Sitting in her Norman office Friday morning, Sherri Coale took a moment to ponder all that her team has accomplished.

Oklahoma is 11-11 with a chance at its first winning record to close the regular season since the team’s 2017-18 campaign. The Sooners will need to knock off Kansas State at 3 p.m. today to get there but they’ve topped the Wildcats once already this season.

Despite losing nine of their first 15 games, the Sooners are a fringe NCAA tournament team, listed as one of the top-eight squads just outside of the field, according to ESPN’s Bracketology projection. They rank No. 68 in the NCAA’s NET rankings, as of Saturday, and are locked into the Big 12 tournament’s No. 6 seed, meaning they will avoid a play-in game where they were projected by the league’s coaches ahead of the season.

Getting to this position has required OU to play primarily with seven players, and at times with less, which has been a result of COVID-19 opt-outs, injury and academic issues.

As the regular season draws to a close, Coale wasn’t necessarily pondering OU’s record or its quest for its first NCAA Tournament bid in four seasons.

The longtime OU coach is more grateful for how her cast has handled the adversity they’ve faced.

“I could not be more proud of these seven kids out there,” Coale said. “Their fight, their perseverance, their ability to pivot and morph into whatever they need to be without complaining, without hesitating. They have just grown by leaps and bounds as a result of handling whatever is presented in front of them.”

OU’s primary group has helped it win five of its last seven outings. Perhaps it helps having a pair of 1,000-point career scorers in Madi Williams and Taylor Robertson — and they could have a third had an injury not ended All-Big 12 guard Ana Llanusa’s year before it started.

Senior Mandy Simpson and junior Tatum Veitenheimer have stepped up to provide experience and depth. Gabby Gregory has developed into one of the conference’s top scoring options, posting 16.4 points per game, while freshmen Nevaeh Tot and Skylar Vann have been thrown into the fire as Tot has emerged as a starter and Vann has played 20 minutes per game off the bench.

Williams, who’s scoring a league fifth-leading 19.9 points per game, has been the main catalyst, though, for the Sooners.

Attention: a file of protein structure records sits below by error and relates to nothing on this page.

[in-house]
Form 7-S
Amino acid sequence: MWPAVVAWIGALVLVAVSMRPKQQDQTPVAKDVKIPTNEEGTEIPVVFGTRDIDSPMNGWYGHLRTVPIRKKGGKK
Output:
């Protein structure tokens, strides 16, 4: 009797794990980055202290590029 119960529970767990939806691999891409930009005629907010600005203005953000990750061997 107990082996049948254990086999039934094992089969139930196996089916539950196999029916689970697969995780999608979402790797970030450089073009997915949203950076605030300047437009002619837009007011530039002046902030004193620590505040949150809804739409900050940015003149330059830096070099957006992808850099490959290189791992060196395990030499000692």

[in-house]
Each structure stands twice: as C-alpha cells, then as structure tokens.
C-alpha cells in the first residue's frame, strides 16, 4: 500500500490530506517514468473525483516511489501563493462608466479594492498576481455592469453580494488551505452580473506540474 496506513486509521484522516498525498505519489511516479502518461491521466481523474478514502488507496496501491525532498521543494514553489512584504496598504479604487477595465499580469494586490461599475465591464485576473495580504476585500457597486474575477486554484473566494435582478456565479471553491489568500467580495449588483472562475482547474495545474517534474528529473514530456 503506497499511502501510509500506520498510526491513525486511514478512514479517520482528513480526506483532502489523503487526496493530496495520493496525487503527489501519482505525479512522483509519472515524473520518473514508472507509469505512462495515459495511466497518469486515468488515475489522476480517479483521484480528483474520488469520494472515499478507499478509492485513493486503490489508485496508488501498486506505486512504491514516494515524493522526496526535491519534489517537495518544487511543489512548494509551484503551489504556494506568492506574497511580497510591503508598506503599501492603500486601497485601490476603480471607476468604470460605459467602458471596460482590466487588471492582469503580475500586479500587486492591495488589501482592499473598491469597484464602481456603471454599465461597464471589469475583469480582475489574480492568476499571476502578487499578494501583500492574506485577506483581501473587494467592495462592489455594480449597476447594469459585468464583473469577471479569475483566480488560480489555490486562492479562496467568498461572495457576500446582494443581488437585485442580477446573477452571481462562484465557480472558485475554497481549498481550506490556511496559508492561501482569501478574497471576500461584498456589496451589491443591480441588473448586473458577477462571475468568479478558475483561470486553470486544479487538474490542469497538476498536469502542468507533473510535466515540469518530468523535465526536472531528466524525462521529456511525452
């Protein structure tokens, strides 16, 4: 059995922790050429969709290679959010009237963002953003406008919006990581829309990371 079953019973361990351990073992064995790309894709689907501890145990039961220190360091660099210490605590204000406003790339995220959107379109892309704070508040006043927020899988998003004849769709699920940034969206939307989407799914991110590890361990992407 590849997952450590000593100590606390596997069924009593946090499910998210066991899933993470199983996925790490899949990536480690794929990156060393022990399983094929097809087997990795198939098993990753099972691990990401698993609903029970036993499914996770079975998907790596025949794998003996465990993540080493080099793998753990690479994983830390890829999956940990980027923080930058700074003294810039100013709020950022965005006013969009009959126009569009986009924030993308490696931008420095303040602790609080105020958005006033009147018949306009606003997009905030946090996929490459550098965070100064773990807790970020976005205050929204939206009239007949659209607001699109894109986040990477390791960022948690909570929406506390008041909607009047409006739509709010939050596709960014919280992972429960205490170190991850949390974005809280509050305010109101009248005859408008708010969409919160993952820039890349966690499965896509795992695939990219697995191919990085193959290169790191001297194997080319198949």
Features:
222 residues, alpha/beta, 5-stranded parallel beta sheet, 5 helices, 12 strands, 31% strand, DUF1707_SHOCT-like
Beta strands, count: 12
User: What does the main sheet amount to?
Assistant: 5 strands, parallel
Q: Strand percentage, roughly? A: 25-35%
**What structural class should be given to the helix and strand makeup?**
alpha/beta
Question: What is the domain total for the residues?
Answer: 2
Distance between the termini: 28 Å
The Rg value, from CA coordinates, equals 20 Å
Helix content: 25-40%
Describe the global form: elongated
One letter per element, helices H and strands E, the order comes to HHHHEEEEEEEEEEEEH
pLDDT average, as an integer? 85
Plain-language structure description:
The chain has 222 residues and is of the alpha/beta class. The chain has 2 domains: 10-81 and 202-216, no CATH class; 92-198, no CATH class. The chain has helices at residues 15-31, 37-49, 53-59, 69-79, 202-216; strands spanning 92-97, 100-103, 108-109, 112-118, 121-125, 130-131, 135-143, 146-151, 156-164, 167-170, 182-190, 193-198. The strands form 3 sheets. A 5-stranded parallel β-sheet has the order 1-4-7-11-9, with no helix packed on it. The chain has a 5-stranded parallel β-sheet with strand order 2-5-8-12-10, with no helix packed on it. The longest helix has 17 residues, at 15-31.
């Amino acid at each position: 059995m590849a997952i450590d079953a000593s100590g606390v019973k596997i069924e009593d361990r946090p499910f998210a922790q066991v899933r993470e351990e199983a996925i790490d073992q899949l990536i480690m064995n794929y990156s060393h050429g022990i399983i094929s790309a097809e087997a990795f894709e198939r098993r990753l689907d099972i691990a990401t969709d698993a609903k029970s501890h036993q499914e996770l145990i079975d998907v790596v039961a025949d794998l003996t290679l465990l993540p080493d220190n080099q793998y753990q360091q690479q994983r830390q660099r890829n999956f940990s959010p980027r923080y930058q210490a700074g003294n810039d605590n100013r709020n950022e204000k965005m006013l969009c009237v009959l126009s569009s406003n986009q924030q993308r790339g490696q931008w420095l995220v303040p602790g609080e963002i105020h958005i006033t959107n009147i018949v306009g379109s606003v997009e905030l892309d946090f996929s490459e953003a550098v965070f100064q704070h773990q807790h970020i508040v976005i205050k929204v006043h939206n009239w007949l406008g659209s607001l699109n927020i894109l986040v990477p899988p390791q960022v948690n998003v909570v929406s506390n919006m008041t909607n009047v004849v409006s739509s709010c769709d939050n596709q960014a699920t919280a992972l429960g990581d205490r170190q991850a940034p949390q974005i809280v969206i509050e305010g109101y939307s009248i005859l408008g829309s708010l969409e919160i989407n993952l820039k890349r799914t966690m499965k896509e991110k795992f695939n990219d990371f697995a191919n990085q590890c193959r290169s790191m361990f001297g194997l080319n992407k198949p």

“She is sort of the one that runs the thermostat in the gym. How she is, is how we are,” Coale said. “Her focus and her commitment to consistency from a mental and emotional spot every single day, that’s been huge for our team.

“I think we’ve taken our cues from her, and when your most talented player is setting that tone, then you’ve got a chance to do some really cool stuff.”

Williams’ leadership has best materialized in February, which included a ranked win at West Virginia and road victory at Texas. The run was preceded, however, by a difficult first two months of the season. OU dealt with COVID-19 issues, playing at times with just six players, the league minimum for competition.

OU dropped early double-digit losses to Georgia, Kansas, Oklahoma State, West Virginia, Texas and Baylor. The team has clawed its way out of the early rut and found ways to win tight ball games, prevailing in five of six games decided by five-or-less points.

“I can’t remember us not having a close game,” Coale said. “TCU, there, was the biggest win we’ve had [76-60 on Feb. 24]. Everything has been close. and we’ve won some and we’ve lost some. But we’ve been right there.

“Even the Baylor game [ultimately losing 77-66 on Feb. 21], we’re right there. So, I think that’s a reflection of resilience. I think it’s a reflection of toughness, and it’s certainly a reflection of unity. Those are things that make coaches proud.”

Following today’s game, OU will head to the Big 12 tournament in Kansas City. A win or two there might help solidify OU’s case for an NCAA bid.

Coale seems just content with her team’s fight.

The rest seems to be taking care of itself.

“They are learning that you’re not just a victim of circumstance, you are a chooser of your destiny,” Coale said. “They have daily walked in the gym and made the choice that they’re going to find a way, they’re going to work and they’re going to figure it out.”

Joe Buettner

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jbuettner@normantranscript.com

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